Studies linking childhood sexual abuse (CSA) to higher likelihood of alcohol dependence (AD) later in life (i.e., Dinwiddie et al., 2000; Fergusson, Horwood, & Lynskey, 1996; Kendler et al., 2000; Kilpatrick et al., 2000; Molnair, Buka, & Kessler, 2001; Nelson et al., 2002) might lack adequate control for environmental and genetic factors that influence the relationship between CSA and AD. These studies are also inconclusive because an earlier age of first drink is associated with later AD regardless of CSA status (DeWit, 2000). This week’s DRAM reviews a study that controls for the influence of environmental and genetic characteristics, as well as the influence of drinking at an early age using a sample of twins.
Sartor, Lynskey, Bucholz, McCutcheon, Nelson, Waldron, et al. (2007) conducted telephone surveys with 2061 (response rate 78%) 18-29 year old female monozygotic or dizygotic twin sets participating in the Missouri Adolescent Female Twin Study (Heath et al., 2002). The survey included the Semi-Structured Assessment for the Genetics of Alcoholism (SSAGA; Bucholz, 1994; Hesselbrock, 1999), age at first drink, age of onset of AD, and Traumatic Events and Early Childhood Experiences. Participants met researchers’ criteria for CSA if they endorsed having experienced rape, sexual molestation, and/or forced sexual contact before age 16, or sexual contact by someone five or more years older before they reached age 16. The authors measured speed of progression to AD by measuring age at first drink and age at onset of AD.
Table 1. Alcohol use measures adjusted for environmental, genetic, or early age of first drink correlates among those with CSA history.
** OR = Odds ratio, HR = Hazard ratio
Adapted from Sartor, et al. (2007)
The sample was 86% Caucasian and 14% African American. Almost 12% endorsed a history of CSA and 7.9% qualified for AD. The authors adjusted for the genetic influence expressed by the higher risk for AD if her twin had AD, especially if they were monozygotic twins. Table 1 shows that, after adjusting for genetic factors, CSA was associated with a greater likelihood of lifetime alcohol use, having a first drink at an early age, and AD. However, the effect of CSA on AD was mediated by age at first drink. After adjusting for the genetic influence on AD and the CSA-related age at first drink, CSA history did not increase the speed of AD onset from 1st drink.
The study was based on self-report and defines CSA narrowly; these factors might lead to under reporting CSA. Rather than compare sets of twins where only one female experienced CSA, researchers group all twins together, and then statistically controlled for differences between twin pairs. This yields a larger sample size and, therefore, statistical significance for smaller differences. The study did not report the rate of co-occurrence in twin pairs of CSA and AD, and congruence across twins. Adjusting for AD co-occurrence might adjust for CSA co-occurrence if congruence is common. The results might not generalize well to the general population because a very small subset of the overall sample had both a history of CSA and AD; the entire sample was female, and most of the sample was Caucasian.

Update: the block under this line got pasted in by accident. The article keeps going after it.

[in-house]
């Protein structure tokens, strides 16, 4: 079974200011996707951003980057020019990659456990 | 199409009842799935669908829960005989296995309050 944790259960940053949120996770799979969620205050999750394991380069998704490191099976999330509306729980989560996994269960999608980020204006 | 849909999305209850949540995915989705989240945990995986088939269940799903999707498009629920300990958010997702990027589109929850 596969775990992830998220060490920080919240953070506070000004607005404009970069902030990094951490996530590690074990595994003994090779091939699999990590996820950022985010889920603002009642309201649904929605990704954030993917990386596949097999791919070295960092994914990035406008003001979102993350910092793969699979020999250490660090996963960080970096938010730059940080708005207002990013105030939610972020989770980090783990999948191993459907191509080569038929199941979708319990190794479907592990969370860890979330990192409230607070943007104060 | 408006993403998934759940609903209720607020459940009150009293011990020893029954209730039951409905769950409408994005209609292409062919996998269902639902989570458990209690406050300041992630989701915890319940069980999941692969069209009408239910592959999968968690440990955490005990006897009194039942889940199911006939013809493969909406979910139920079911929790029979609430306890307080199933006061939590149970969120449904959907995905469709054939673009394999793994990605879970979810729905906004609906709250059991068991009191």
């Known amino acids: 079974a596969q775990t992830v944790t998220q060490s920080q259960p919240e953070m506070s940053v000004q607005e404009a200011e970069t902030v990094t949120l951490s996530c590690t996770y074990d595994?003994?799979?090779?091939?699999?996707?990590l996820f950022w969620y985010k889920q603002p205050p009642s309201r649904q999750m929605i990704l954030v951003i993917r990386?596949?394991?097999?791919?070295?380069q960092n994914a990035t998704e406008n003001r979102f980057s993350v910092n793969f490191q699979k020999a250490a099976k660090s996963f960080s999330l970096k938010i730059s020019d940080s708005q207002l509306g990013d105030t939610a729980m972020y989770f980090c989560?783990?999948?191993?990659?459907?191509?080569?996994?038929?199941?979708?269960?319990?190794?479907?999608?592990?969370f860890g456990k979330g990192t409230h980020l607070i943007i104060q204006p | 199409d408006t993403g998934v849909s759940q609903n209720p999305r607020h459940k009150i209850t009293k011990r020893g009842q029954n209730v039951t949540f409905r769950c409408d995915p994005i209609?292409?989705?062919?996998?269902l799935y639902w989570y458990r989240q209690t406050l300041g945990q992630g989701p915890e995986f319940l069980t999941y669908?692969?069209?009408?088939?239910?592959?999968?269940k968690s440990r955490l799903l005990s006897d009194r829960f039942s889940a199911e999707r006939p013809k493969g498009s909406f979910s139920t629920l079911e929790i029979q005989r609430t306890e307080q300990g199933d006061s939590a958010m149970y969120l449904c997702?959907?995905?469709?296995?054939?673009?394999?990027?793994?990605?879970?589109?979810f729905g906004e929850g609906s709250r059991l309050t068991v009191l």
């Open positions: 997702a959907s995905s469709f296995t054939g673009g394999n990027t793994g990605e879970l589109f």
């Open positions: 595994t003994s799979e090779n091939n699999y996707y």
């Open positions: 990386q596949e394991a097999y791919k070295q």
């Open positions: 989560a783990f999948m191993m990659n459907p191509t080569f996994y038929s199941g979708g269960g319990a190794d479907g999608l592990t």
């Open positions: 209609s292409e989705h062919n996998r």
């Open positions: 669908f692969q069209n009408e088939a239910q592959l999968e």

Contrary to expectation, CSA did not predict time to AD after adjusting for age at first drink. Drinking at an early age predicted a more rapid pace for AD development; however, both twins having AD was the best predictor of rapid onset of AD after their first drink, suggesting genetics and environment are greater risk factors for this effect than CSA. Future research could examine an early intervention’s effectiveness for reducing rates of later AD among early adolescents reporting CSA history.
What do you think? Comments can be addressed to Leslie Bosworth.
DeWit, D., Adlaf, E.M., Offord, D.R., Ogborne, A.C. (2000). Age at first use: a risk factor for the development of alcohol use disorders. American Journal of Psychiatry, 157, 745-750.
Dinwiddie, S., Heath, A. C., Dunne, M. P., Bucholz, K. K., Madden, P. A. F., Slutske, W. S., et al. (2000). Early sexual abuse and lifetime psychopathology: a co-twin control study. Psychological Medicine, 30, 41-52.
Fergusson, D. M., Horwood, L. J., & Lynskey, M. T. (1996). Childhood sexual abuse and psychiatric disorders in early adulthood. II. Psychiatric outcomes of childhood abuse. Journal of the American Academy of Childhood and Adolescent Psychiatry, 35, 1365-1374.
Heath, A. C., Howells, W., Bucholz, K. K., Glowinski, A. L., Nelson, E. C., & Madden, P. A. (2002). Ascertainment of a mid-western U.S. female aldolescent twin cohort for alcohol studies: assessment of sample representativeness using brither record data. Twin Research, 5, 107-112.
Kendler, K. S., Bulik, C. M., Silberg, J., Hettema, J. M., Myers, J., & Prescott, C. A. (2000). Childhood sexual abuse and adult psychiatric and substance use disorders in women. An epidemiological and co-twin control analysis. Archives of General Psychiatry, 57, 953-959.
Kilpatrick, D. G., Acierno, R., Saunders, B., Resnick, H. S., Best, C. L., & Schnurr, P. P. (2000). Risk factors for adolescent substance abuse and dependence: data from a national sample. Journal of Consulting and Clinical Psychology, 68, 19-30.
Molnair, B. E., Buka, S. L., & Kessler, R. C. (2001). Childhood sexual abuse and the subsequent psychopathology: results from the National Comorbidity Study. American Journal of Public Health, 91, 753-760.
Nelson, E. C., Heath, A. C., Madden, P. A. F., Cooper, M. L., Dinwiddie, S. H., Bucholz, K. K., et al. (2002). Association between self-reported childhood sexual abuse and adverse psychosocial outcomes. Results from a twin study. Archives of General Psychiatry, 59, 139-145.
Sartor, C. E., Lynskey, M. T., Bucholz, K. K., McCutcheon, V. V., Nelson, E. C., Waldron, M., et al. (2007). Childhood sexual abuse and the course of alcohol dependence development: Findings from a female twin sample. Drug and Alcohol Dependence, 89, 139-144.